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Norwegian emissions trading proposal 2005-2007 and onwards. Peer Stiansen Norwegian Ministry of Environment. Emissions distributed by sectors in 1999. Norway’s challenge: emissions/industry/energy profile. No emissions from electricity (EU: >30 %)

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norwegian emissions trading proposal 2005 2007 and onwards

Norwegian emissions trading proposal 2005-2007 and onwards

Peer Stiansen

Norwegian Ministry of Environment

norway s challenge emissions industry energy profile
Norway’s challenge: emissions/industry/energy profile
  • No emissions from electricity (EU: >30 %)
  • 20 % of emissions from offshore (EU countries : =< 2 %)
  • 30 % of emissions from heavy industries (EUcountries:<5)
  • High proportion small/medium sized enterprises/entities
  • Conclusion: a trading scheme based on EU averages does not necessarily fit Norway well
  • EU relevance of trading directive ?
    • if so, adjustments for Norway ?
level of ambition and allocation
Level of ambition and allocation
  • - 20 % compared to same sources in 1990
  • adjustment for closure and increased production capacity/new entries
  • Grandfathering:
    • Established entities: based on historical data
    • New entities: based on norms
  • Restrictions on sale of a portion of the quotas
  • Industry invited to a dialogue on details of the system, given level of ambition and EEA regulations
  • White paper focus: Reduce emissions domestically prior to 2008
    • realize presumed cheapest measures
    • need stronger incentives in some sectors
    • wider coverage could have reduced incentives since prices are likely to be below present tax
    • revenue
  • ”Clean” allocation system (grandfathering or auction) could be easiest vis a vis EEA (EU) state aid regulations
compliance system
Compliance system
  • Penalty (fine - level to be decided):
    • level will depend on with how many and which countries Norway cooperates
  • Response regarding violation of requirements to
    • report emissions
    • use appropriate methodology
  • Facilitative functions
effects 2005 2007
Effects 2005-2007
  • SFT: Potential for 1,6 Mt cheap reductions (3 % of Norwegian emissions)
  • If price = 100 NOK and emissions stable: Industry’s cost is about 160 mill NOK/year
  • Macroeconomic effects: Marginal
  • Employment: Don’t expect significant effects
  • New entries and closures: Nothing particular
  • Early experience with trading and Kyoto mechanisms - establish trading institutions
safety valves
Safety valves
  • Opening for Kyoto’s AAUs and CERs
  • Possible cooperation with other countries and EU (require negotiations and political will to adjust the system if needed)
  • Limited joint implementation domestically
  • Penalty (balance cost and environmental ambition)
  • Taylor made allocation
system linked to the kyoto protocol from 2008
System linked to the Kyoto Protocol from 2008
  • Compatible with the Protocol, target and registry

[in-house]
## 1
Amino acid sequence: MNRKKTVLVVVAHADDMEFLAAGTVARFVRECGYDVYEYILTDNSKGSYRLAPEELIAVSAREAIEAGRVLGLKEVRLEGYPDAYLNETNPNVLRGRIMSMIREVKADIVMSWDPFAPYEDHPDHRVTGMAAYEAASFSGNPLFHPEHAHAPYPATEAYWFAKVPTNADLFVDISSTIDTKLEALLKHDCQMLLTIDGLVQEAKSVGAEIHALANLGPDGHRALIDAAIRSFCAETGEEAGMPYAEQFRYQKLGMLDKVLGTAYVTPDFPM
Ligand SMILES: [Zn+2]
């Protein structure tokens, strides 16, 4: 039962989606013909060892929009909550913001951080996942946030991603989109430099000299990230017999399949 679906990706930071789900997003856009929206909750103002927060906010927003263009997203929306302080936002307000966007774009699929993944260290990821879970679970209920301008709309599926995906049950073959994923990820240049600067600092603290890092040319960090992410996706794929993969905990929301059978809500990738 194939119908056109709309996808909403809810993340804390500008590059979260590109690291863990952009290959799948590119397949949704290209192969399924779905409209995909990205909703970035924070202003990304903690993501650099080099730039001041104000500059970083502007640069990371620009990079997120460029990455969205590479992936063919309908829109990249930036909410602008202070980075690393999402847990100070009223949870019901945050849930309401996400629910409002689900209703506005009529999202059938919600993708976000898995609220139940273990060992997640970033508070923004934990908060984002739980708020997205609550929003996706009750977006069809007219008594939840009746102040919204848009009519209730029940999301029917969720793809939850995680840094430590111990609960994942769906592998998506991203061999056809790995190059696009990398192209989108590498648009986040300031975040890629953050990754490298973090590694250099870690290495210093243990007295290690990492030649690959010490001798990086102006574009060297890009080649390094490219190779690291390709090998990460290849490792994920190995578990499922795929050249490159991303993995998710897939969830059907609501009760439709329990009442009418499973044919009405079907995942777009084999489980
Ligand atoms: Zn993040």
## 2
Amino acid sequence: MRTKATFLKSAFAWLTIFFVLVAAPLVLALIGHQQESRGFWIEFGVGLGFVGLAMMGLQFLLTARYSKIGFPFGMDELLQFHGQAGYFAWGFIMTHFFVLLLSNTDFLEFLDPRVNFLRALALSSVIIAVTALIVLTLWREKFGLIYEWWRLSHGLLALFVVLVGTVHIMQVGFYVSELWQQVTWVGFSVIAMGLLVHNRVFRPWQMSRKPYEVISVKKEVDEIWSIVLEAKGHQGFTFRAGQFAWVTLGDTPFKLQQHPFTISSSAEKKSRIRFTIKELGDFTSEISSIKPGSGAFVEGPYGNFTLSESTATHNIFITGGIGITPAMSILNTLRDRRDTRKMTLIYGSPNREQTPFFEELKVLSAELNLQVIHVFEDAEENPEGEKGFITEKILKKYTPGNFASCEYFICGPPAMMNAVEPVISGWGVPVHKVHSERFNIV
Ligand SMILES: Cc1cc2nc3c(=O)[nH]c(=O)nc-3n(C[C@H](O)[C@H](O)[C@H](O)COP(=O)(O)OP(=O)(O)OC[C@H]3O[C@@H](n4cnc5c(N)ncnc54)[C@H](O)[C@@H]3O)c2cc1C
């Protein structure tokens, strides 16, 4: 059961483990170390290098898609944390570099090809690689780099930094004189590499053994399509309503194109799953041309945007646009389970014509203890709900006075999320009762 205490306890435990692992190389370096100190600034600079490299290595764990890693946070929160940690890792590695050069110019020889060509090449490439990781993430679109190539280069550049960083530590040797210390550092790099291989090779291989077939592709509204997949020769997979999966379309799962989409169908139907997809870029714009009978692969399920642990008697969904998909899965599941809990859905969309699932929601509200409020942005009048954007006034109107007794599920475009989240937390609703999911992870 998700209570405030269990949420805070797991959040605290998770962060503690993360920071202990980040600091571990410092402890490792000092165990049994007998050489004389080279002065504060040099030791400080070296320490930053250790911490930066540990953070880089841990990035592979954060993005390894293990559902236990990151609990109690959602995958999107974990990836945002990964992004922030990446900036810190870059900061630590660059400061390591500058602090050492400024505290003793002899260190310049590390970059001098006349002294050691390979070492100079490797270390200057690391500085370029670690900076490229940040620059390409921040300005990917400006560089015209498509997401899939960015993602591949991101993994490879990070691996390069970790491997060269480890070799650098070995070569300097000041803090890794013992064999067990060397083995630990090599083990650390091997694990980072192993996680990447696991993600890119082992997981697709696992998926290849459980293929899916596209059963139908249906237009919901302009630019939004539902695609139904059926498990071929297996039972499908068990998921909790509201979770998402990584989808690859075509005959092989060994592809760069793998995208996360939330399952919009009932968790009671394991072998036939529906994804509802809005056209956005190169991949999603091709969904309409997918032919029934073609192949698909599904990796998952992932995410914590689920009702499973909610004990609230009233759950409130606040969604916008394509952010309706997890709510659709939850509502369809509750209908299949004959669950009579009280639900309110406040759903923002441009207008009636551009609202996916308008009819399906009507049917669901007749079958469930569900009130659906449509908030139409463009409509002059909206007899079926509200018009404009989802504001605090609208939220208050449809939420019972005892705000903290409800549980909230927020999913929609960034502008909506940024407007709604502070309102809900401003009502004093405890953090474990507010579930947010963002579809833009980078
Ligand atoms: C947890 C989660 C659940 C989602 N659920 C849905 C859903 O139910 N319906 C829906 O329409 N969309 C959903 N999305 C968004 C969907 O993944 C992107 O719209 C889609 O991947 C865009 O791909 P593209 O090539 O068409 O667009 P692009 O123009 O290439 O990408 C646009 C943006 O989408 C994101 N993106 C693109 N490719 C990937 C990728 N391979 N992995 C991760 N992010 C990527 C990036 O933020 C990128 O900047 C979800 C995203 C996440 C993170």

• Broad coverage – >80 % of sources
  • Full use of Kyoto mechanisms
  • Allocation not finally decided – could be auction for some and grandfathering for others
  • Strong penalty
coverage 2005 2007
Coverage 2005-2007
  • Activities not subject to the CO2 tax:
    • metal production (light metals and ferro alloys)
    • fertilizers
    • petrochemical industry, methanol
    • refineries
    • production of carbides
    • cement, leca and limestone
    • [gas-fired power plants – the Storting: as in EEA ]

Fisheries and other activities exempted or getting the CO2 tax refunded will be consided in the legal proposal

some implications for the affected industries
Some implications for the affected industries
  • Report emissions for the previous year
  • Surrender quotas for the previous year
  • Open account in the domestic registry
  • Subject to grandfathering
  • Need to purchase quotas if allocated ”too few” - can sell if allocated more than needed
  • Subject to penalty (a fine) in case of not surrendering a sufficient amount of quotas, other responses for other violations of the system (reporting, use of methodologies)
further process
Further process
  • Consideration by the Storting (Parliament) – discussion scheduled 18 June
  • Legal framework, including detailed regulations, needs to be in place well before 2005.
  • Legal proposal to the Storting - timing to be decided. Relevant aspects:
    • Comments/requirements from the Storting
    • Progress with the EU directive
  • Legal entities mandated to participate need account
  • Others may open account and trade
  • Compatability with the Kyoto Protocol for ”Kyoto quotas”
  • Compatible with registries in cooperating countries
registry continued
Registry, continued
  • Responsible: SFT, Nat’l Securities Depositary or other ? Legal foundation ?
  • Develop or buy from other country ?
  • Funding: Fees for opening accounts and transfers?
  • Safety issues ?

Observation: The trading simulations carried out so far required simple registries. UK, DK and US have registries for emissions trading. Marketable ?

commitment period reserve
Commitment Period Reserve

Problem: If all AAUs are allocated to industry, it could choose to transfer them temporarily abroad for tax or other reasons. Possibilities:

  • Restrict transfers until enough quotas are surrendered to the government. (Annual surrender delivers the whole CPR by 2010-2011 due to underlying growth.):
    • A-quotas: transferable between companies and across borders
    • B-quotas: transferable domestically
  • Restrictions on sales of some grandfathered quotas keep these in nat’l registry (half of process industry emissions = 15% of domestic).
  • Slow allocation – AAUs stay in state account until they are allocated
  • AAUs to cover non-trading sectors (agriculture etc.) 20 % stay in state account